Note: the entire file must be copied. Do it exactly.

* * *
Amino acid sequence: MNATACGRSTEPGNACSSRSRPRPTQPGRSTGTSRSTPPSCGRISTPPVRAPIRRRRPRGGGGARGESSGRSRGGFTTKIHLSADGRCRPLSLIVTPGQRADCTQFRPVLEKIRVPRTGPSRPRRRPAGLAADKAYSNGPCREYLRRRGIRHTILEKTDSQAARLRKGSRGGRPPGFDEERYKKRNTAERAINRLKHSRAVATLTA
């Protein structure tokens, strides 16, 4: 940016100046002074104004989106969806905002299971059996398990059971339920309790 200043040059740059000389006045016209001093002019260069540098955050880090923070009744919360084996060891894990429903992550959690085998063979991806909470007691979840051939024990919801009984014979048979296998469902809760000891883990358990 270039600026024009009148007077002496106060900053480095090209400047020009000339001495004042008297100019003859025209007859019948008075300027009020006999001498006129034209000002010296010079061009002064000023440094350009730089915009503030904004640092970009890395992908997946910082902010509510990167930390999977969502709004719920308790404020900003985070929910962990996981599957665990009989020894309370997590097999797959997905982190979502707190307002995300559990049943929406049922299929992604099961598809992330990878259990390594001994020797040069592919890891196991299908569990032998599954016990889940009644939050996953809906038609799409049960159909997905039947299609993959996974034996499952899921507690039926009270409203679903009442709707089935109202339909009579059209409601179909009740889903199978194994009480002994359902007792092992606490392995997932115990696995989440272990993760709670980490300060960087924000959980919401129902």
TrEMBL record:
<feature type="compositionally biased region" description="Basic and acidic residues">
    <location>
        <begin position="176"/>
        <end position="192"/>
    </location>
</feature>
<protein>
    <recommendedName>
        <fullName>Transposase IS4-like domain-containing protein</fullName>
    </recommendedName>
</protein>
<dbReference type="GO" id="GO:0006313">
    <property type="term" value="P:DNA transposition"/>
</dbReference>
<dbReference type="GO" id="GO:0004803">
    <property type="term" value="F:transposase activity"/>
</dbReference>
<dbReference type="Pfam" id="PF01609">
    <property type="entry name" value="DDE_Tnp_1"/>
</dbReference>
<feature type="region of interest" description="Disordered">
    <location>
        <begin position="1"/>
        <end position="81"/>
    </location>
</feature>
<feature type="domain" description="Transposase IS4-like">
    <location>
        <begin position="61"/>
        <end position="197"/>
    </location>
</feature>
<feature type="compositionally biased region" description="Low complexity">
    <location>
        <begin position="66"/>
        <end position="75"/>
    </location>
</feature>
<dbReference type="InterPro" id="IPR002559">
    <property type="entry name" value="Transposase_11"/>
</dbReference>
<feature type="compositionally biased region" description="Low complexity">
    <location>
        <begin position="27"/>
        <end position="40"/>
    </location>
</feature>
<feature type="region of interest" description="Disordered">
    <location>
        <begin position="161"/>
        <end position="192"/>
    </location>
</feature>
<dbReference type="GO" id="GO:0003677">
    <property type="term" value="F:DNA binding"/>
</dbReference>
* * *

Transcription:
Amino acid sequence: MNATACGRSTEPGNACSSRSRPRPTQPGRSTGTSRSTPPSCGRISTPPVRAPIRRRRPRGGGGARGESSGRSRGGFTTKIHLSADGRCRPLSLIVTPGQRADCTQFRPVLEKIRVPRTGPSRPRRRPAGLAADKAYSNGPCREYLRRRGIRHTILEKTDSQAARLRKGSRGGRPPGFDEERYKKRNTAERAINRLKHSRAVATLTA
């Protein structure tokens, strides 16, 4: 940016100046002074104004989106969806905002299971059996398990059971339920309790 200043040059740059000389006045016209001093002019260069540098955050880090923070009744919360084996060891894990429903992550959690085998063979991806909470007691979840051939024990919801009984014979048979296998469902809760000891883990358990 270039600026024009009148007077002496106060900053480095090209400047020009000339001495004042008297100019003859025209007859019948008075300027009020006999001498006129034209000002010296010079061009002064000023440094350009730089915009503030904004640092970009890395992908997946910082902010509510990167930390999977969502709004719920308790404020900003985070929910962990996981599957665990009989020894309370997590097999797959997905982190979502707190307002995300559990049943929406049922299929992604099961598809992330990878259990390594001994020797040069592919890891196991299908569990032998599954016990889940009644939050996953809906038609799409049960159909997905039947299609993959996974034996499952899921507690039926009270409203679903009442709707089935109202339909009579059209409601179909009740889903199978194994009480002994359902007792092992606490392995997932115990696995989440272990993760709670980490300060960087924000959980919401129902």
TrEMBL record:
<feature type="compositionally biased region" description="Basic and acidic residues">
    <location>
        <begin position="176"/>
        <end position="192"/>
    </location>
</feature>
<protein>
    <recommendedName>
        <fullName>Transposase IS4-like domain-containing protein</fullName>
    </recommendedName>
</protein>
<dbReference type="GO" id="GO:0006313">
    <property type="term" value="P:DNA transposition"/>
</dbReference>
<dbReference type="GO" id="GO:0004803">
    <property type="term" value="F:transposase activity"/>
</dbReference>
<dbReference type="Pfam" id="PF01609">
    <property type="entry name" value="DDE_Tnp_1"/>
</dbReference>
<feature type="region of interest" description="Disordered">
    <location>
        <begin position="1"/>
        <end position="81"/>
    </location>
</feature>
<feature type="domain" description="Transposase IS4-like">
    <location>
        <begin position="61"/>
        <end position="197"/>
    </location>
</feature>
<feature type="compositionally biased region" description="Low complexity">
    <location>
        <begin position="66"/>
        <end position="75"/>
    </location>
</feature>
<dbReference type="InterPro" id="IPR002559">
    <property type="entry name" value="Transposase_11"/>
</dbReference>
<feature type="compositionally biased region" description="Low complexity">
    <location>
        <begin position="27"/>
        <end position="40"/>
    </location>
</feature>
<feature type="region of interest" description="Disordered">
    <location>
        <begin position="161"/>
        <end position="192"/>
    </location>
</feature>
<dbReference type="GO" id="GO:0003677">
    <property type="term" value="F:DNA binding"/>
</dbReference>